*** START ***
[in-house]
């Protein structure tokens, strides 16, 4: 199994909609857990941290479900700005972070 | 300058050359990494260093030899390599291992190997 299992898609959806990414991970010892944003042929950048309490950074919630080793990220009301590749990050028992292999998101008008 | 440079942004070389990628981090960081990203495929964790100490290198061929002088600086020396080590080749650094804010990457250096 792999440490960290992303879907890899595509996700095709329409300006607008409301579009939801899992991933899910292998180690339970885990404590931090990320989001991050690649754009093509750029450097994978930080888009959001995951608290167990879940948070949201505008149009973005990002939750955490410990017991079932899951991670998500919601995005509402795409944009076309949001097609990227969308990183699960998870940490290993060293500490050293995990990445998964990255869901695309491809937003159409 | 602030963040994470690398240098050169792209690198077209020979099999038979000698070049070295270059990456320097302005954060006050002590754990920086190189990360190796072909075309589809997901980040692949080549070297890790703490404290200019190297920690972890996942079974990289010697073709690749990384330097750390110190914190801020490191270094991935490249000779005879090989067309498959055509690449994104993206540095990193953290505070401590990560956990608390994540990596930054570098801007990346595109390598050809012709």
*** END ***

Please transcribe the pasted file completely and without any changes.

[in-house]
């Protein structure tokens, strides 16, 4: 199994909609857990941290479900700005972070 | 300058050359990494260093030899390599291992190997 299992898609959806990414991970010892944003042929950048309490950074919630080793990220009301590749990050028992292999998101008008 | 440079942004070389990628981090960081990203495929964790100490290198061929002088600086020396080590080749650094804010990457250096 792999440490960290992303879907890899595509996700095709329409300006607008409301579009939801899992991933899910292998180690339970885990404590931090990320989001991050690649754009093509750029450097994978930080888009959001995951608290167990879940948070949201505008149009973005990002939750955490410990017991079932899951991670998500919601995005509402795409944009076309949001097609990227969308990183699960998870940490290993060293500490050293995990990445998964990255869901695309491809937003159409 | 602030963040994470690398240098050169792209690198077209020979099999038979000698070049070295270059990456320097302005954060006050002590754990920086190189990360190796072909075309589809997901980040692949080549070297890790703490404290200019190297920690972890996942079974990289010697073709690749990384330097750390110190914190801020490191270094991935490249000779005879090989067309498959055509690449994104993206540095990193953290505070401590990560956990608390994540990596930054570098801007990346595109390598050809012709």